I heard unofficially that Colour Sergeant Massey, the man who was responsible for Laffin being forced to continue on the route march, was placed under close arrest. I tried to obtain some confirmation of this statement, which was given to the parents. I contacted the Salford police, who made all the necessary inquiries.
Hon. Members can appreciate how disturbing this kind of thing is to parents. This decision of the War Office has caused consternation in many areas. I have letters—which I do not want to read—from all parts of the country, complaining about the treatment which is meted out to the relatives of soldiers who have either been killed or have died in Trieste, Germany or somewhere else, whereby those parents have been called upon to pay £300 to bring their sons' bodies back to be buried in their own country. That is not playing the game by Englishmen.
I imagine that aeroplanes must be flying every hour of the day from Germany to this country, and I see no necessity for the War Office to be responsible for imposing a £93 transport charge for bringing the body here by B.E.A. It could have done it with its own transport at a much reduced cost.
These are working-class people, called upon to find £143 15s., and they are entitled to an assurance from the War Office that some attention will be given to preventing a repetition of this case. I can 1137 say a great deal more about it, but I do not know that it would help. When parents have to pay the cost of these arrangements to British Railways and B.E.A., as well as to the funeral undertakers, they have the right to be satisfied that they are paying £143 15s. to bury their own lad. They should not be deprived of the opportunity of knowing whether it was he or someone else that was in the coffin.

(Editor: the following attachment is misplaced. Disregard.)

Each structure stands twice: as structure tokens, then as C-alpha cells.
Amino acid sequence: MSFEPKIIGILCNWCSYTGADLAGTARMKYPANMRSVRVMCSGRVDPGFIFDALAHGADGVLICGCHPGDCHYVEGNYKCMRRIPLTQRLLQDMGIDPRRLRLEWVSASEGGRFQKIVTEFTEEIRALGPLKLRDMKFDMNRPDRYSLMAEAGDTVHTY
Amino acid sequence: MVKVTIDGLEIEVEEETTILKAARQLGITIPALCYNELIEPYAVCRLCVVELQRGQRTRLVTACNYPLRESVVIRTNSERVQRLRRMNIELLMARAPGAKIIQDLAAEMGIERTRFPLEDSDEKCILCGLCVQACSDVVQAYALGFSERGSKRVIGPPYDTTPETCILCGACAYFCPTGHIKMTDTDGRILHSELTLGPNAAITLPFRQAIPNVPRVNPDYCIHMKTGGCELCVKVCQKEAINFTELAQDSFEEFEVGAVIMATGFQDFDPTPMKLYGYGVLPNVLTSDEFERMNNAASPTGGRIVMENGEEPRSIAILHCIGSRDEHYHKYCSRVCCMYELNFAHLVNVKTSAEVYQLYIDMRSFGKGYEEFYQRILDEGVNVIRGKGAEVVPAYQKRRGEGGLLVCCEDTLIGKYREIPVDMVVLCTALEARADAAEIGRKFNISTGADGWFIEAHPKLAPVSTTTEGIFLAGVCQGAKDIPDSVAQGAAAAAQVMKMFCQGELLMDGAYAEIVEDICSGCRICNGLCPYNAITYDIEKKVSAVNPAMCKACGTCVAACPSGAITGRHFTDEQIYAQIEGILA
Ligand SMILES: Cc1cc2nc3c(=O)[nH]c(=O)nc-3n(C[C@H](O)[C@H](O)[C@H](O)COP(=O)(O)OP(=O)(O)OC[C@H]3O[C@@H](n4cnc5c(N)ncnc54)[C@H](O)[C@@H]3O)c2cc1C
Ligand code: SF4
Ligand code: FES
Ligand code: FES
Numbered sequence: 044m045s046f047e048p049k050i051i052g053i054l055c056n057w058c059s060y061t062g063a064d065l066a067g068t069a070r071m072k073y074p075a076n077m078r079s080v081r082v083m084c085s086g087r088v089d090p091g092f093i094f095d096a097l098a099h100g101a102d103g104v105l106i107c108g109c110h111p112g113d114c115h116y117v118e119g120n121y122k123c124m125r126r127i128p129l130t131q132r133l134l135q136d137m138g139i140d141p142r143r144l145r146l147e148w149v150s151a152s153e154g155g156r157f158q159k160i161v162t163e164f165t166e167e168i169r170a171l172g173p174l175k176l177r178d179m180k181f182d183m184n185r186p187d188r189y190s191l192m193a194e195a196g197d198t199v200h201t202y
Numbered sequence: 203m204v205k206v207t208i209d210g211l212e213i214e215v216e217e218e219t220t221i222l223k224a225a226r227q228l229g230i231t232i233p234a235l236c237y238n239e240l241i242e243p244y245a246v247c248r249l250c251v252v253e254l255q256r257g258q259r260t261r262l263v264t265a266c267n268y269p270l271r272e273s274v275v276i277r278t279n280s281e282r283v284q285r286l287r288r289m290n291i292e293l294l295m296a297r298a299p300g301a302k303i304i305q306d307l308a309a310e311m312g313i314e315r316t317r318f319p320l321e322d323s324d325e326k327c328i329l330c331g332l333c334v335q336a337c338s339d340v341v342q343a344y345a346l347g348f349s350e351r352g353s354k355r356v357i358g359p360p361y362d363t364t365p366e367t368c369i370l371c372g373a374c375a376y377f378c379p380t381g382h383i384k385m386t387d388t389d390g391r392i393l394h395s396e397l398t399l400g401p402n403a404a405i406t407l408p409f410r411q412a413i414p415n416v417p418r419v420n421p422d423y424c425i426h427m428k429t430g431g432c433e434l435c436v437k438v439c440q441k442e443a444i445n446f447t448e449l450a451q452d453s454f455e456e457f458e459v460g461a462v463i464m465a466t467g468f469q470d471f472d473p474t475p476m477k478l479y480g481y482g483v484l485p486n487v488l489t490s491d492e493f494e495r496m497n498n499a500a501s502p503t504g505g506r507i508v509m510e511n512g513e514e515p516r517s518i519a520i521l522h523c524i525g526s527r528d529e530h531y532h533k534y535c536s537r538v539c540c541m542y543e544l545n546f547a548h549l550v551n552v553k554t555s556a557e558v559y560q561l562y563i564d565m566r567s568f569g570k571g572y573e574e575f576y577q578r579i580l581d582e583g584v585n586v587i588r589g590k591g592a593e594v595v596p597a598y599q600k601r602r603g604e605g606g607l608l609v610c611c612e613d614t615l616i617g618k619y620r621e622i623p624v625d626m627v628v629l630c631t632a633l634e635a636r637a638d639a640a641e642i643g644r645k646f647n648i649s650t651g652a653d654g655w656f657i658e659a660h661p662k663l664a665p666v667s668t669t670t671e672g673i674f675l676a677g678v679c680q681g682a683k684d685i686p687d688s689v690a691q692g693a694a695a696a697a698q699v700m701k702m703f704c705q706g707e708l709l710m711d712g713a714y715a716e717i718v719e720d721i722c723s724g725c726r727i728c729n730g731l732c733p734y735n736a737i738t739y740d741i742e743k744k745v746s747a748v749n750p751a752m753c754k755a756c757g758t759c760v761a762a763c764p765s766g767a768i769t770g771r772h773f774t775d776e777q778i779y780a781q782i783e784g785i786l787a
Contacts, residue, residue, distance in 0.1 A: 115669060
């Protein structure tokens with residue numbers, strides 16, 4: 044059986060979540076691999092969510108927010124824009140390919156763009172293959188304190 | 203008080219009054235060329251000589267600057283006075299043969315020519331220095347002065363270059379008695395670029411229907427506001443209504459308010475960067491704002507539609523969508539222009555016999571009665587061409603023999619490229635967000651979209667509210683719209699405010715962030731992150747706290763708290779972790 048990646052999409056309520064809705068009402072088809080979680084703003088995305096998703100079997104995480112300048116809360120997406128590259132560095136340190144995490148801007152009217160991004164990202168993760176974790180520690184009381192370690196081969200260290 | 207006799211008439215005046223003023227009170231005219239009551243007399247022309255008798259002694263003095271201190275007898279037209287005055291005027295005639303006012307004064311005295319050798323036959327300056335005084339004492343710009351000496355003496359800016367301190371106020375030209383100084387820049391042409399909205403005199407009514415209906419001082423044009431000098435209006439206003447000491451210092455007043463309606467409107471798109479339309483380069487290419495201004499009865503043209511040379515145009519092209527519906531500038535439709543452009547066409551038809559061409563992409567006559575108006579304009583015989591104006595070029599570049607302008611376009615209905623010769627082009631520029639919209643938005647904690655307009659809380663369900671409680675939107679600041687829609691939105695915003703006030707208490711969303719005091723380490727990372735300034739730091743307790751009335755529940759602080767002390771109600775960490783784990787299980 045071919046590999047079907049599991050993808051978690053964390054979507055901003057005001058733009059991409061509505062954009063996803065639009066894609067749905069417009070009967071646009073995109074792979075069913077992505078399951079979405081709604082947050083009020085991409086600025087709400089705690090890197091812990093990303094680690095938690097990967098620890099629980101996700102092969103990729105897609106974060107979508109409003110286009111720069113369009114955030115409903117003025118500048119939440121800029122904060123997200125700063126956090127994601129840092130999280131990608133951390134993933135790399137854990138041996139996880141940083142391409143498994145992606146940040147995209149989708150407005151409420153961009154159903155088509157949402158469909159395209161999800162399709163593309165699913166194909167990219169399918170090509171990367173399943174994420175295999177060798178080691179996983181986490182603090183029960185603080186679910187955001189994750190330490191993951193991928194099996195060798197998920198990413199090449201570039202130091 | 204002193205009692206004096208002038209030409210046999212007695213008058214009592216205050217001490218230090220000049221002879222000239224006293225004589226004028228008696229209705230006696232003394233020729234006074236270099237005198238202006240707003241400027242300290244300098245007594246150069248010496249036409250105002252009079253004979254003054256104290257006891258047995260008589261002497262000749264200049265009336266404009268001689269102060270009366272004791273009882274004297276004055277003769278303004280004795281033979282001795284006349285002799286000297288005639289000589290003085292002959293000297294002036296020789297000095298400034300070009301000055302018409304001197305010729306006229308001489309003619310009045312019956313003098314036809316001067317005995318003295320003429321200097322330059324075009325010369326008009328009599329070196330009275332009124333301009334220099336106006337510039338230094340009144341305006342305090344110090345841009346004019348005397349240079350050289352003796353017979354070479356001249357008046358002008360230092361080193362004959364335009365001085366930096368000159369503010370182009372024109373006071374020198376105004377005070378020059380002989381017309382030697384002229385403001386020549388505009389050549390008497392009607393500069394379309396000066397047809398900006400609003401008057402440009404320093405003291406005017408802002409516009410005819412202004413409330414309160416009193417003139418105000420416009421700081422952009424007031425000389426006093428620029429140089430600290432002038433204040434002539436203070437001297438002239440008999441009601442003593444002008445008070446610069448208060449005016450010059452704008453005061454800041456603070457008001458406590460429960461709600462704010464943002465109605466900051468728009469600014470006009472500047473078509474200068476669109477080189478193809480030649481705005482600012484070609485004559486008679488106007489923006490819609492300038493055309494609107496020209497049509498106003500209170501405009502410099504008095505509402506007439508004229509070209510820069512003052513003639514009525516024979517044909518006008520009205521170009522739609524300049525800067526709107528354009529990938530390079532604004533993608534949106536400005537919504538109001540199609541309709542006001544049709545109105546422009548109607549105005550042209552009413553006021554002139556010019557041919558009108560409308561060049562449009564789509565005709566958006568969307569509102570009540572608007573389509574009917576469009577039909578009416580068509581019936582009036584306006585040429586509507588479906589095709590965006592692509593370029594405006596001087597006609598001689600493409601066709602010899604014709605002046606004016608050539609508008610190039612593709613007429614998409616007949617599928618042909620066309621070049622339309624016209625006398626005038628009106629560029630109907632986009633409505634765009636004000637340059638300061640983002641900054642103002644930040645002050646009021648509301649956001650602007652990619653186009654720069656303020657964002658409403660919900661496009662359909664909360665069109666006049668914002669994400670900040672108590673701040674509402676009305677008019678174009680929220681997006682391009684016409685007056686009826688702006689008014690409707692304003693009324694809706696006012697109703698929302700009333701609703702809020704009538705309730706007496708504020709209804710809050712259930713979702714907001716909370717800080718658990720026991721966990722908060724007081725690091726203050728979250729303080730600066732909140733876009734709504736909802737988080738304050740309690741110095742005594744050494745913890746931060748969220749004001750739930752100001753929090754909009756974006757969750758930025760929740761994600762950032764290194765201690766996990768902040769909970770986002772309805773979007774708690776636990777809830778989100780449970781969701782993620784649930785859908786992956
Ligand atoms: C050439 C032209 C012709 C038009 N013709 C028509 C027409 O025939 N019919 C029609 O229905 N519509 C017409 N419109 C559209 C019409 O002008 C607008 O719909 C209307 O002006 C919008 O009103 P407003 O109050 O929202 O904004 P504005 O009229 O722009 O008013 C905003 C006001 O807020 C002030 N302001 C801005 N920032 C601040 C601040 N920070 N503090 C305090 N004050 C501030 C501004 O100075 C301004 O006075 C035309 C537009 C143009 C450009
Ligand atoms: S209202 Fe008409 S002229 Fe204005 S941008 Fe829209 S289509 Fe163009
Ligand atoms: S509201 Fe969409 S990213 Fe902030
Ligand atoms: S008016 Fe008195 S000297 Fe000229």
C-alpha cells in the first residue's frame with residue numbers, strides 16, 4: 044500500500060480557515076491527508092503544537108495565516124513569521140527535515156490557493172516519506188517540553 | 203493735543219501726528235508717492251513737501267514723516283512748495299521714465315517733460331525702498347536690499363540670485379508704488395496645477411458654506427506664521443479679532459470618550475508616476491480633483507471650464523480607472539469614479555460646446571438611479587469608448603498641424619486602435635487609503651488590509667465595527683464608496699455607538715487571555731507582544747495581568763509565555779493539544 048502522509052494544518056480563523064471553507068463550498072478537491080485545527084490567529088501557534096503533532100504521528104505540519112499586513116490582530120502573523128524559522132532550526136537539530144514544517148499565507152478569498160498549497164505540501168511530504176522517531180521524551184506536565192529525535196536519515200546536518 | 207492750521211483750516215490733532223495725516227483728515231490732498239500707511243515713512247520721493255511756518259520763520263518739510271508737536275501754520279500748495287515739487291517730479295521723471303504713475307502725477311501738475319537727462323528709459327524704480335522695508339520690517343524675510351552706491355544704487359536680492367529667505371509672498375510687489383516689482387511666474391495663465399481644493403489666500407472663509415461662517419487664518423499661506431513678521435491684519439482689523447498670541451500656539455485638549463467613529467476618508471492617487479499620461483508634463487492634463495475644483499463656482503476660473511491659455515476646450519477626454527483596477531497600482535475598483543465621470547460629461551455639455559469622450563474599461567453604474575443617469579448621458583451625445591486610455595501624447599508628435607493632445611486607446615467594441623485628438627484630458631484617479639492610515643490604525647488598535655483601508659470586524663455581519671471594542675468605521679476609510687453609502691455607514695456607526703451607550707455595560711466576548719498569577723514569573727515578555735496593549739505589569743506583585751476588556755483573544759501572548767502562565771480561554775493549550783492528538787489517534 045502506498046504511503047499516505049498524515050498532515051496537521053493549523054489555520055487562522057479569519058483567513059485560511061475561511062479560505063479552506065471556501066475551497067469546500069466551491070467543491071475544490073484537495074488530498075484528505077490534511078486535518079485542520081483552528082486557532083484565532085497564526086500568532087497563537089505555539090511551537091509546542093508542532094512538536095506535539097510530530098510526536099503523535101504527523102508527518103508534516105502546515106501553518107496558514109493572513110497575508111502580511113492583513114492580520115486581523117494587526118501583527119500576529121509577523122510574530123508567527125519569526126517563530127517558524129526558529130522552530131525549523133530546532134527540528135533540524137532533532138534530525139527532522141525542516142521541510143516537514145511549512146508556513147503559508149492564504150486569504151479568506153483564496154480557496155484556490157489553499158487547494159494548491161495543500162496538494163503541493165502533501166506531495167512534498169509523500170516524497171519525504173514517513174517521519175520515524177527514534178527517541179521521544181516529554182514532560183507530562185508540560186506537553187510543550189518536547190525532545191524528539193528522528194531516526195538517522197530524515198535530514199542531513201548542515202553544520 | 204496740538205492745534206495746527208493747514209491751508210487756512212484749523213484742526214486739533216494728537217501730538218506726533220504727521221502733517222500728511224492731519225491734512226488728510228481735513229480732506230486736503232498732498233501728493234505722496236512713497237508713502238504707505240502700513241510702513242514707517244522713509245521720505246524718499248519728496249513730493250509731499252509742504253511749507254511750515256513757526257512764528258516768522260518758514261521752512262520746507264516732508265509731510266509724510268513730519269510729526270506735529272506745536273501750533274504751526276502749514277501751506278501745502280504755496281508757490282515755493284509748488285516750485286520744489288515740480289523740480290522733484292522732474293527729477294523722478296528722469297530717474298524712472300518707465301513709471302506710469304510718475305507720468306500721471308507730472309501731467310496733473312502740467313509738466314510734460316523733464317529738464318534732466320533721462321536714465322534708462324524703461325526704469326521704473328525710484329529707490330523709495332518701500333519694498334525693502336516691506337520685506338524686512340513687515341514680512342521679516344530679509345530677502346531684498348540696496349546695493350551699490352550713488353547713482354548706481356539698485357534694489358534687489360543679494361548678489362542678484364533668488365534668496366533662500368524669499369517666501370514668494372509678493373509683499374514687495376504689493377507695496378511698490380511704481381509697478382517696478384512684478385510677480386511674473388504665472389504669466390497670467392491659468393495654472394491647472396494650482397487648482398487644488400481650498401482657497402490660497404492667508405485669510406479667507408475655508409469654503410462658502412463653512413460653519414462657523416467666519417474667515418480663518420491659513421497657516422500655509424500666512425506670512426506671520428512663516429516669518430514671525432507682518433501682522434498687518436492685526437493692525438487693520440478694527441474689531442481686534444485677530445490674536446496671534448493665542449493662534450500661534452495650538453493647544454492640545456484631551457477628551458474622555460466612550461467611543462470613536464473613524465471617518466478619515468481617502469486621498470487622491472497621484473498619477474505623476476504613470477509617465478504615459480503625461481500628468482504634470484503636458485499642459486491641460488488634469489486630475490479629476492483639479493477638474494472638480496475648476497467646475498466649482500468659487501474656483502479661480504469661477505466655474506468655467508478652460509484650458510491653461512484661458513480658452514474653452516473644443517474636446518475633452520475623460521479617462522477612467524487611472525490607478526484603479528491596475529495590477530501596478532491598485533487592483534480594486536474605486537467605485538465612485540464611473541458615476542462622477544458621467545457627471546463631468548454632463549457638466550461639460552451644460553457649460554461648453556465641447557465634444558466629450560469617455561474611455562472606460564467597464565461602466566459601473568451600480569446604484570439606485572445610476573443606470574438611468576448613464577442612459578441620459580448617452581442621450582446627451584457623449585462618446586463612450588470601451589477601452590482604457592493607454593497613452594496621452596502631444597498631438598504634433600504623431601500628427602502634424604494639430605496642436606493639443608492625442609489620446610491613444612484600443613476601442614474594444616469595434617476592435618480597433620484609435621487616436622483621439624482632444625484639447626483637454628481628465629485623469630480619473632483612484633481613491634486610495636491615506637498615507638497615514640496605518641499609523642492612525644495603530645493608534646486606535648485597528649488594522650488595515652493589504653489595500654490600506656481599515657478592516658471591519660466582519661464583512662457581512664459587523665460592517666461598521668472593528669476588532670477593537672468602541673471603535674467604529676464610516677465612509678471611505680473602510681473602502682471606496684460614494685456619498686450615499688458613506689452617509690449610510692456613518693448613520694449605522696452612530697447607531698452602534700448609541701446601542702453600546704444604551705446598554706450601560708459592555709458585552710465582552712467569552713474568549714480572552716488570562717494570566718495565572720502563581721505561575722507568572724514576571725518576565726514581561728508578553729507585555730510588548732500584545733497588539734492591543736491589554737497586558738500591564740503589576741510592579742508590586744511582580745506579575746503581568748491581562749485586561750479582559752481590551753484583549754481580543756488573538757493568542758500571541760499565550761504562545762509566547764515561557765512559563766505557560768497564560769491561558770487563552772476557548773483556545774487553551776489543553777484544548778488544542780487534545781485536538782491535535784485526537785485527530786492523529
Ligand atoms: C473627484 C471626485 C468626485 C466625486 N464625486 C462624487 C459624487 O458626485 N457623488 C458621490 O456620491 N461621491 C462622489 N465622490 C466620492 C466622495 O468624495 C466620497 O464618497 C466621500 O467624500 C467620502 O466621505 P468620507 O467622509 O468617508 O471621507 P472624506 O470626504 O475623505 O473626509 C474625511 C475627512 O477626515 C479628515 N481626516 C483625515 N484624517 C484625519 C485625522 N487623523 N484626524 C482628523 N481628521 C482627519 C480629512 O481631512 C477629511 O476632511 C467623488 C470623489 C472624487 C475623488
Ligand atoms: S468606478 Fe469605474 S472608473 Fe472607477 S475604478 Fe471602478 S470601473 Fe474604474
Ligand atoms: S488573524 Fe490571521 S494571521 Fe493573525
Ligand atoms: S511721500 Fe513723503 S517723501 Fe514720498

My object in raising this matter is that the War Office shall accept some responsibility, without pushing the matter out to the Record Office at Preston because this soldier happened to be in the Manchester Regiment. I want the War Office to accept responsibility and to make better arrangements. It should not be so cold and heartless as to inform people, whether they be relatives or Members of this House, that it has nothing to do with the matter because an outside organisation is dealing with it. I hope that the War Office will do something to ease the minds of people who sustain these losses. It ought to be more reasonable and gentle in such cases in the future.
§ 10.23 p.m.
§ The Under-Secretary of State for War (Mr. Fitzroy Maclean)
The hon. Member for Salford, East (Mr. Hardy) has raised two questions. First of all is the special case of Private Laffin, with which I will deal in detail, and the second is the general question of repatriation of the bodies of soldiers who die abroad.